fiber optics

fiber optics

fiber optics, transmission of digitized messages or information by light pulses along hair-thin glass or plastic fibers. Each fiber is surrounded by a cladding having a high index of refractance so that the light is internally reflected and travels the length of the fiber without escaping. Cables of optical fibers can be made smaller and lighter than cables using copper wires or coaxial tubes, yet they can carry much more information, making them useful for transmitting large amounts of data between computers and for carrying data-intensive television pictures or many simultaneous phone conversations. Optical fibers are immune to electromagnetic interference (from lightning, nearby electric motors, and similar sources) and to crosstalk from adjoining wires, and tapping into them is more easily detected. To keep a signal from deteriorating, optical fibers require fewer repeaters over a given distance than does copper wire. In addition to communications, optical fibers are used in medical procedures, automobiles, aircraft and many other applications. In 2009 Charles K. Kao was awarded the Nobel Prize in physics for determining that purer glass was what was needed to create optical fibers that could transmit light over longer distances than the 20 meters that was possible in 1966. His insight led to the Corning Glass Works' development in 1970 of long, ultrapure glass fibers.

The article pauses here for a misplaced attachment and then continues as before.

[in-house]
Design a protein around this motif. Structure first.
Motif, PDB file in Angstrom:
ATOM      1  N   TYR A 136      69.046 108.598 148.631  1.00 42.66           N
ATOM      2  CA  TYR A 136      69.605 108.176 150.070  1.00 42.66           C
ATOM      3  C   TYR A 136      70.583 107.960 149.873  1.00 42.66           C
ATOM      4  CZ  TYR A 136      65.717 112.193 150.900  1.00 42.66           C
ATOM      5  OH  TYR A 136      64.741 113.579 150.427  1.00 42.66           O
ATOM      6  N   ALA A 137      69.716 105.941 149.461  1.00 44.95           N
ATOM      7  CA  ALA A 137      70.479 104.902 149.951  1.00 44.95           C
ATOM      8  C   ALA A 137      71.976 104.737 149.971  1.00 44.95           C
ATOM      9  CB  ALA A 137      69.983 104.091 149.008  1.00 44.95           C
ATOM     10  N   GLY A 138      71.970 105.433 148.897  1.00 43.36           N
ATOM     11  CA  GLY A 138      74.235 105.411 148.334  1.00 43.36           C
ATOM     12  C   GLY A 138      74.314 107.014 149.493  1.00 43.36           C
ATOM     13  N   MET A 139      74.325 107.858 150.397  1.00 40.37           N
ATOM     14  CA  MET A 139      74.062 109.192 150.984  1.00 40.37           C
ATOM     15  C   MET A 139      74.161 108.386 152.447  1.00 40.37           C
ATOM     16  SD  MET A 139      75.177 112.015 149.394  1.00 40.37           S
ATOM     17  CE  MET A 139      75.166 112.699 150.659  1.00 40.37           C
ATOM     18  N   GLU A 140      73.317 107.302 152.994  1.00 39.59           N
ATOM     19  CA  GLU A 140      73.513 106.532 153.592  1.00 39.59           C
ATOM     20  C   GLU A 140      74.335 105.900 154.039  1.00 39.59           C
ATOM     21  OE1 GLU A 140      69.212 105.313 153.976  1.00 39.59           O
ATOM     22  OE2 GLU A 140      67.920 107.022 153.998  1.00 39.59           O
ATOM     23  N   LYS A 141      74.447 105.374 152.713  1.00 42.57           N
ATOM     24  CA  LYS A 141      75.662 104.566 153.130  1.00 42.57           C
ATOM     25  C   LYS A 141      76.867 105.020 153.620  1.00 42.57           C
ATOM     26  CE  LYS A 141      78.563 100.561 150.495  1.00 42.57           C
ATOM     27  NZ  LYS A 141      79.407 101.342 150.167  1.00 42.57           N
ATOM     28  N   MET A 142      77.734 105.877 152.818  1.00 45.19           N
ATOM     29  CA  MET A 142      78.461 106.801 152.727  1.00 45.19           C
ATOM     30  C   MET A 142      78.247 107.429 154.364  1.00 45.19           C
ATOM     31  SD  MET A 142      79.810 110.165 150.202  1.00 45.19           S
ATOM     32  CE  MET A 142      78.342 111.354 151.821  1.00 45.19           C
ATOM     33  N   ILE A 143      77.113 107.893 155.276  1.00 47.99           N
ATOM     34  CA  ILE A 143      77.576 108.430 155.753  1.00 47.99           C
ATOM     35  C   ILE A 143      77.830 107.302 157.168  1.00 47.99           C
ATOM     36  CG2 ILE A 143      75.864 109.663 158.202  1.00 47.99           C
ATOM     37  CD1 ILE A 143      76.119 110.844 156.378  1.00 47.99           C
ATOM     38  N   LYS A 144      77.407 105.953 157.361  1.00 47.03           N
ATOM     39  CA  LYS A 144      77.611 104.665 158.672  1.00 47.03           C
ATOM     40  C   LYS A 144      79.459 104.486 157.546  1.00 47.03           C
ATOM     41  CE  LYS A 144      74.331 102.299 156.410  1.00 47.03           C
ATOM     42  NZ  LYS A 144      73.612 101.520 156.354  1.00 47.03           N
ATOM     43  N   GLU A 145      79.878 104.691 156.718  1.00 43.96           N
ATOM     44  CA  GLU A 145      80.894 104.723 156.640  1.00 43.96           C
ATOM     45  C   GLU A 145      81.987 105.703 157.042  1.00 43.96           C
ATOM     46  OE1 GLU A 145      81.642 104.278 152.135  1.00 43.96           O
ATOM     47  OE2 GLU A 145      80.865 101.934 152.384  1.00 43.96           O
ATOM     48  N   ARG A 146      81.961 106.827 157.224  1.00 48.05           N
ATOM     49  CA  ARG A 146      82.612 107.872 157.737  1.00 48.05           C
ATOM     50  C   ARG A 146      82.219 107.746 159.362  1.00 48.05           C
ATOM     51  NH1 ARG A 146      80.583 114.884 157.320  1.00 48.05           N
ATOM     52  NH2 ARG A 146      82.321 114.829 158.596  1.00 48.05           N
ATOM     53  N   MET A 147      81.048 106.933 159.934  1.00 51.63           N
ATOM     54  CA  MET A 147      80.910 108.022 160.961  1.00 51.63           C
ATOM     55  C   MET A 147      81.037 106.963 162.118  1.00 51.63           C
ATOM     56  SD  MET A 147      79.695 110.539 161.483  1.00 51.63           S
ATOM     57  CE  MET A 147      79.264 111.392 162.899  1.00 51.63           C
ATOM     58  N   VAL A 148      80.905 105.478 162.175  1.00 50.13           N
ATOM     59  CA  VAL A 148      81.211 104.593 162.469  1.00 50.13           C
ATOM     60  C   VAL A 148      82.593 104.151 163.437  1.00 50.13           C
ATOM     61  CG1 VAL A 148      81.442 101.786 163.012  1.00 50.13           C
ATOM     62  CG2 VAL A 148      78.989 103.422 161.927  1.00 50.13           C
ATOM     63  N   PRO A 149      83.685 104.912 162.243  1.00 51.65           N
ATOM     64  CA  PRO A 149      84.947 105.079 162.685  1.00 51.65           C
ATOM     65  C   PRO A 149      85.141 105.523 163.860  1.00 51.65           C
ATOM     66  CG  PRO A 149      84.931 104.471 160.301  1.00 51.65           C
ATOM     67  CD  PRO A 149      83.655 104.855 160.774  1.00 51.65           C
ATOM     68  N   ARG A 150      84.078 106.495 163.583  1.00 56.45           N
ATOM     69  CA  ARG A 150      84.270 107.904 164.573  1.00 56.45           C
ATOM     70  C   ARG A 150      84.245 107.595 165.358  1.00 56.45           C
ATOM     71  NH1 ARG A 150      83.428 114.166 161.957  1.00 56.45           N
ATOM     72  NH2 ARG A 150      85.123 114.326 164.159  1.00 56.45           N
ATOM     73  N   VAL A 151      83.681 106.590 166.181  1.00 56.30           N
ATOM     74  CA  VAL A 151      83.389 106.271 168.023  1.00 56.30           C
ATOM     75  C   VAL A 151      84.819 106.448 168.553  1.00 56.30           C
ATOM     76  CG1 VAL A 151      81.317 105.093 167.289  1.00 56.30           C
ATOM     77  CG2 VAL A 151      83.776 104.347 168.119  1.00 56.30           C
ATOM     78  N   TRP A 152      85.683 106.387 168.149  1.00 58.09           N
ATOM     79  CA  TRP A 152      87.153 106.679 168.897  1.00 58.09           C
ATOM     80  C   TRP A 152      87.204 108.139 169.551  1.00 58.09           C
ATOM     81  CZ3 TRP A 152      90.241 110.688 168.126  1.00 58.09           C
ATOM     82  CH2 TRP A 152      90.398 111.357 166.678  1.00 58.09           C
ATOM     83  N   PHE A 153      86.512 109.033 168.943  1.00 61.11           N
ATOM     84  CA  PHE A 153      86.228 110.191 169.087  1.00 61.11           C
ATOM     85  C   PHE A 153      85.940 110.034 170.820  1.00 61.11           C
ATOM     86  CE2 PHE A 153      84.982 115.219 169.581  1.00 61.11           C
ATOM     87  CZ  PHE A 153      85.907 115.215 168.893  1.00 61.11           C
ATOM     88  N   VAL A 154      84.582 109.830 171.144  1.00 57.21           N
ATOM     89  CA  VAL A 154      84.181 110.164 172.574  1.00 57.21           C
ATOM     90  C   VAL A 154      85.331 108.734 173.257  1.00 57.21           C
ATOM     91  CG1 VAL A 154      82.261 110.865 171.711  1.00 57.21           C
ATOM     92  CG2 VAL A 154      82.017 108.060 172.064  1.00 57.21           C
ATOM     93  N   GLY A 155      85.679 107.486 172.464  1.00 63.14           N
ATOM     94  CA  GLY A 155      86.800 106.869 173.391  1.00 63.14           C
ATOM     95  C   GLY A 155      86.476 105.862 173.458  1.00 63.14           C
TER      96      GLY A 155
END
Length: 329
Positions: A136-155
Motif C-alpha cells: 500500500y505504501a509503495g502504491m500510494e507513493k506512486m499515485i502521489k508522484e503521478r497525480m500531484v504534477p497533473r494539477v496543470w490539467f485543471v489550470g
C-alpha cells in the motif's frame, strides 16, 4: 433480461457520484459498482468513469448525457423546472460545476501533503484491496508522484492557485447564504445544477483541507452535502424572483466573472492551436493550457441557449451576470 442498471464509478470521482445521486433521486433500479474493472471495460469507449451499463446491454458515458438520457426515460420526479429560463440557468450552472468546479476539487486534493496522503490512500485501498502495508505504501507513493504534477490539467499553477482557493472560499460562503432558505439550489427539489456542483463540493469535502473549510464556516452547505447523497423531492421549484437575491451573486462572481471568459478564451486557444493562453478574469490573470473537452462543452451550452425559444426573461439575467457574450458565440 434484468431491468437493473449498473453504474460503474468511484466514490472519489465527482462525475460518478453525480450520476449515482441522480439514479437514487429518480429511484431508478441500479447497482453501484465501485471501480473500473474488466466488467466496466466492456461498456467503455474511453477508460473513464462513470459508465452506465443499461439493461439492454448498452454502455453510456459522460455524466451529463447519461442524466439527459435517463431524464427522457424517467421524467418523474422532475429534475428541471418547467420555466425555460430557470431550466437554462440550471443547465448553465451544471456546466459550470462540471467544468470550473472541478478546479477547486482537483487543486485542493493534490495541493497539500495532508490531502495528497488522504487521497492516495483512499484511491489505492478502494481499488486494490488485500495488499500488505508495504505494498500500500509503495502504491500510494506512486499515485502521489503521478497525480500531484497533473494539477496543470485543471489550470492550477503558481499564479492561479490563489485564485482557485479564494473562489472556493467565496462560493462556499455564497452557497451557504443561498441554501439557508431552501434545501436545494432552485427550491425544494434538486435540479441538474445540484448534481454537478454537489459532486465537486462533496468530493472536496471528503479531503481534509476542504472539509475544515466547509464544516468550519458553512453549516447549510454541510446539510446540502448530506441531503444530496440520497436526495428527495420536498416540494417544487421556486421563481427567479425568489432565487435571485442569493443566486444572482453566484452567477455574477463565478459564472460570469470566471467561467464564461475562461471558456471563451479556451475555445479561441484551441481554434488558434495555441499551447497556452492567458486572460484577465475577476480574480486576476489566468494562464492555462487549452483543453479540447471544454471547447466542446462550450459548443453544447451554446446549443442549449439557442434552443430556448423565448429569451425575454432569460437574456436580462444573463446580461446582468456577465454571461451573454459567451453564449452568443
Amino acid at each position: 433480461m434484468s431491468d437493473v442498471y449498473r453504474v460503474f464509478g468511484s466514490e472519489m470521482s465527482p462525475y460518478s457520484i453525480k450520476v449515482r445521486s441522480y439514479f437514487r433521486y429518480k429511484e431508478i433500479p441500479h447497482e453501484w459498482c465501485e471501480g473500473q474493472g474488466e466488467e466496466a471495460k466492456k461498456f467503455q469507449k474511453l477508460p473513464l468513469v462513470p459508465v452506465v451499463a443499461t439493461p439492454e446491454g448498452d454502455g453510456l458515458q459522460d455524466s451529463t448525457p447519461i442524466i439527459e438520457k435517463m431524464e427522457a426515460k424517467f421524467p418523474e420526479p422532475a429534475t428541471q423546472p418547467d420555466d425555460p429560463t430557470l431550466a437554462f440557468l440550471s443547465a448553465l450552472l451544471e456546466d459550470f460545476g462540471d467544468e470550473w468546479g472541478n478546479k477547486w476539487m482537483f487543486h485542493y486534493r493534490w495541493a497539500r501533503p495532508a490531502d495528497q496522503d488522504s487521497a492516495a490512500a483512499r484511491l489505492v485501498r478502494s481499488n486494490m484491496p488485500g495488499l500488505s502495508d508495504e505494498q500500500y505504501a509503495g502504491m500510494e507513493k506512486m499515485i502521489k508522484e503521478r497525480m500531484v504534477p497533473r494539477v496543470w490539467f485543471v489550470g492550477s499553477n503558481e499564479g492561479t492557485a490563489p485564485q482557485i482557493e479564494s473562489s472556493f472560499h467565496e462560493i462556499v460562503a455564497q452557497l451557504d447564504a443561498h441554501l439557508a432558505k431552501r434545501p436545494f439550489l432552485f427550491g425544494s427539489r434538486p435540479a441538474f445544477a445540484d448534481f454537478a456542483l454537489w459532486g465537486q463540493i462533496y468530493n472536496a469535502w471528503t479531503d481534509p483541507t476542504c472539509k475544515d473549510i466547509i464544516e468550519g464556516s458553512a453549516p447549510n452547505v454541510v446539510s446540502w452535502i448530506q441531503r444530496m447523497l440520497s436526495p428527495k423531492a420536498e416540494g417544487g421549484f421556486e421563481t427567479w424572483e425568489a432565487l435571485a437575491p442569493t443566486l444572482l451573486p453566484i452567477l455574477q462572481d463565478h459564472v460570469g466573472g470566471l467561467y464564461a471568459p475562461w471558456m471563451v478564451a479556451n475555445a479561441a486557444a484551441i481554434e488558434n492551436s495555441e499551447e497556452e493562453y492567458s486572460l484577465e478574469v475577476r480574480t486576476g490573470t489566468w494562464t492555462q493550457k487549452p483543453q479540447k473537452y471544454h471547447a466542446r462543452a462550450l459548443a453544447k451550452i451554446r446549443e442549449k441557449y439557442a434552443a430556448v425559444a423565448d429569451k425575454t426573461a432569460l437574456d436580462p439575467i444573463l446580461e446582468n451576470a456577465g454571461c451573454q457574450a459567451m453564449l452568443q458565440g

Thin transparent fibres of glass or plastic that transmit light through their length by internal reflections, used for transmitting data, voice, and images. Fibre-optic technology has virtually replaced copper wire in long-distance telephone lines and is used to link computers in local area networks, with digitized light pulses replacing the electric current formerly used for the signal. Telecommunication using fibre optics is usually conducted with infrared light. Fibre optics uses light in the visible wavelengths to transmit images directly, in various technical devices such as those developed for endoscopy.

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